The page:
The opinion of the court was delivered by: James T. Giles C.J.
Elliott Reihner Siedzikowski & Egan, P.C., ("ERSE" or "the firm") filed
this action on August 9, 2000, against the Pennsylvania Employees Benefit
Trust Fund ("the PEBTF" or "the Fund") and Thomas G. Paese ("Mr.
Paese"), former Secretary of Administration of the Commonwealth of
Pennsylvania and former Chairman and a Trustee of the PEBTF, in his
individual capacity, alleging violations of the First and Fourteenth
Amendments, protected through 42 U.S.C. § 1983, and, under state
law, for breach of contract and tortious interference with contractual
Count I of the complaint avers that the PEBTF and Mr. Paese improperly
refused to pay ERSE amounts earned under a written Fee Agreement, in
retaliation for ERSE's allegedly politically protected speech regarding
defendants' efforts to sabotage the PEBTF's own attempts to recover from
insurance companies that insured various Commonwealth unionized
employees, seventy million ($70,000,000) to eighty million ($80,000,000)
dollars of allegedly improperly diverted funds.
Count II, directed only against the PEBTF, alleges that the PEBTF
has breached the Fee Agreement, by refusing to pay the fee owed to
ERSE and by cheating ERSE out of its fee.
Count III, directed only against Mr. Paese, alleges that he
intentionally interfered with and induced the PEBTF's breach of the Fee
Agreement, without lawful justification or privilege.
Now before the court is the PEBTF's Motion to Dismiss Counts I and II
of the Complaint, and Mr. Paese's Motion to Dismiss Counts I and III of
the Complaint. For the reasons that follow, each motion is granted.
Consistent with the review standards applicable to a motion to
dismiss, the alleged facts, viewed in the light most favorable to
the plaintiff, follow.
The PEBTF is a jointly administered labor/management trust fund that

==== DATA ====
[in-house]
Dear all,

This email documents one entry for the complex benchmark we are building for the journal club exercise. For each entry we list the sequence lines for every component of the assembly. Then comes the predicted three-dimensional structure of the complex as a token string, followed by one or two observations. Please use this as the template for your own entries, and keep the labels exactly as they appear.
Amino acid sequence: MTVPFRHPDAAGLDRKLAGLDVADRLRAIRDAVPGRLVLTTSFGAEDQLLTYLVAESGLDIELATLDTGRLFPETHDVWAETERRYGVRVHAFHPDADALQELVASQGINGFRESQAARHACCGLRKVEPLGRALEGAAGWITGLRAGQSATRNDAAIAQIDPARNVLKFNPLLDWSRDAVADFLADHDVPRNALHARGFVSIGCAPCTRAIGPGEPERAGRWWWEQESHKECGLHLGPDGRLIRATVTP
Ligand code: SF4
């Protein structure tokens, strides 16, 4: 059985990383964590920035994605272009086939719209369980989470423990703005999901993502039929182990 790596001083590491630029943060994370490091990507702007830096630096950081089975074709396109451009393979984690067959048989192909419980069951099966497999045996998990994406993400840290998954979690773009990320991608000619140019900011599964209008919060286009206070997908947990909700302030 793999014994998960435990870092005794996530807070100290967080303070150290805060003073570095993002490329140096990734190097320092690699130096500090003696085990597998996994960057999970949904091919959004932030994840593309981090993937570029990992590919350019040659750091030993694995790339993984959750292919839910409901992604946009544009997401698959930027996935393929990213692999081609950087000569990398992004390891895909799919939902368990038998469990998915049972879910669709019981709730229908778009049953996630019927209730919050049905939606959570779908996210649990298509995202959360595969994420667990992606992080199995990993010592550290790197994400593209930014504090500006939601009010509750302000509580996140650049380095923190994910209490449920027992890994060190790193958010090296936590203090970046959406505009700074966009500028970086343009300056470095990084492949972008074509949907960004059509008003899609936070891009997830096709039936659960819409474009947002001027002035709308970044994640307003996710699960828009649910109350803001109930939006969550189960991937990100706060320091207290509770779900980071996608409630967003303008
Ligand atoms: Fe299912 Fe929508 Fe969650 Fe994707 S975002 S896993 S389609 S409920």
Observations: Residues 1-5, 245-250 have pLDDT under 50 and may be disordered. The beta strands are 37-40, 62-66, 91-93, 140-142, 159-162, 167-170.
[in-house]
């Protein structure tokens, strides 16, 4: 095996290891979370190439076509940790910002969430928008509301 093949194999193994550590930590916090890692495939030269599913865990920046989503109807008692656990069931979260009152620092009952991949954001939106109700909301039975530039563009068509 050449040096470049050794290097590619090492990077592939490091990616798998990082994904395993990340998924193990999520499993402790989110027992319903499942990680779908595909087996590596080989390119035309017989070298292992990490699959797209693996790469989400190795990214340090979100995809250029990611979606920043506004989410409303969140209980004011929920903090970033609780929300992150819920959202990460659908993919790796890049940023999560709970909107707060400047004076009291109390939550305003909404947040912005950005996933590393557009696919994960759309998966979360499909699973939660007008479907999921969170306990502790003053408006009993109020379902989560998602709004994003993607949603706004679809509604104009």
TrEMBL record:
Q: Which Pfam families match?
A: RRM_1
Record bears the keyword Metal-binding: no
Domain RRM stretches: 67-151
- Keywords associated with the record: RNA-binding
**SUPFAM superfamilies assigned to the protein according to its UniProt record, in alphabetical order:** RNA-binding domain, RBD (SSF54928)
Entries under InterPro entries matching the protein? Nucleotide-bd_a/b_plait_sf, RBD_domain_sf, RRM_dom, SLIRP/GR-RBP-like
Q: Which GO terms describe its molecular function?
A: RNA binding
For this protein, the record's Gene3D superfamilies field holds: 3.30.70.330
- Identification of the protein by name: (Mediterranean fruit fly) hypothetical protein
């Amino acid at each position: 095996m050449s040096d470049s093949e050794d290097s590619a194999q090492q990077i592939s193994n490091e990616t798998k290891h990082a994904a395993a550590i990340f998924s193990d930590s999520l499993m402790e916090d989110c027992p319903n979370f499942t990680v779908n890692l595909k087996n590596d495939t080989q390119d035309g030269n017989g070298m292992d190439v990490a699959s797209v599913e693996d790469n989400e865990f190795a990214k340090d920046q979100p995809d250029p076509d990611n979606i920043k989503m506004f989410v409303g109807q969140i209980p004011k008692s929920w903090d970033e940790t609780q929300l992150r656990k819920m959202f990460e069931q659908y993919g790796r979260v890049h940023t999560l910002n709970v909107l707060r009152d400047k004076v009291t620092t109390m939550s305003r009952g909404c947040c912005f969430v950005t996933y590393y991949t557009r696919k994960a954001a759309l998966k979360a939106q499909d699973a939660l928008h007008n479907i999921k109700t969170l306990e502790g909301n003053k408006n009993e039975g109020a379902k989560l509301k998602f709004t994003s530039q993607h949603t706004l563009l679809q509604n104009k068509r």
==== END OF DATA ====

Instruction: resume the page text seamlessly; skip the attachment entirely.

was created in October 1988 for the purpose of providing a full range of
healthcare benefits to approximately 85,000 unionized Commonwealth
employees and their dependents. In addition, the Fund also acts as the
third-party administrator for the delivery of healthcare benefits for
45,000 retirees, annuitants and their dependents. All together, the Fund
provides healthcare coverage to approximately 300,000 people.
The Fund grew out of a collective bargaining relationship between the
Commonwealth of Pennsylvania and several different unions representing
state employees, including American Federation of State, County, and
Municipal Employees ("AFSCME") Council 13, Pennsylvania Social Services
Union ("PSSU"), United Food and Commercial Workers ("UFCW"), the
Pennsylvania Nurses Association, and the Federation of State, Cultural &
The Fund is governed by an equal number of union and management
trustees. Seven Union Trustees are selected by the unions which maintain
collective bargaining relationships with the Commonwealth and whose
members receive medical benefits provided by the Fund. The seven
management or Commonwealth Trustees are appointed by, and serve at the
pleasure of, the Governor of Pennsylvania.
The Chairmanship of the Fund rotates over time between the Executive
Director of AFSCME, Council 13, the largest of the unions and the
Secretary of Administration of the Commonwealth of Pennsylvania.
The Trust is funded primarily by contributions made by the Commonwealth
of Pennsylvania in accordance with its collective bargaining agreements
with the various unions.
At some point, the PEBTF came to suspect that the Blues were
overcharging the Fund for the cost of these medical goods and services,
causing a substantial waste, diversion, and loss of taxpayer funds
entrusted to the Fund and its Trustees. (Compl. ¶ 18.) Such
overcharges were also adversely affecting Fund beneficiaries who were
required to pay portions of their medical costs in the form of
co-payments and deductibles. (Compl. ¶ 19.)
The PEBTF's contracts with the Blues gave it the right to audit the
insurers. The Trustees retained a firm, TH Services, to audit the Blues'
claims records for overcharges and other suspected improper billings.
(Compl. ¶ 21.) By examining the data that was supplied, and
employing its analytical methods, TH Services extrapolated that the Blues
had overcharged the PEBTF by at least $70 million over the term of the
audit period of four years, from 1988 through 1992. (Compl. ¶ 22.)
ERSE claims that, while refusing to turn over information for the
audit, the Blues also threatened to terminate health care coverage for
the Fund's beneficiaries. Faced with this resistance, the Fund decided in
September 1994 to retain counsel to sue the Blues. (Compl. ¶ 23.)
B. ERSE's Fee Agreement with the PEBTF
In December 1994, ERSE, pursuant to a fee contract, was retained as a
special litigation counsel by the PEBTF to pursue claims against the
Blues, who allegedly had over-billed the Fund over a course of years.
(Compl. ¶ 10.) Prior to retaining the firm, however, the PEBTF and
their outside counsel*fn1 attempted to have the Blues execute an
agreement to ...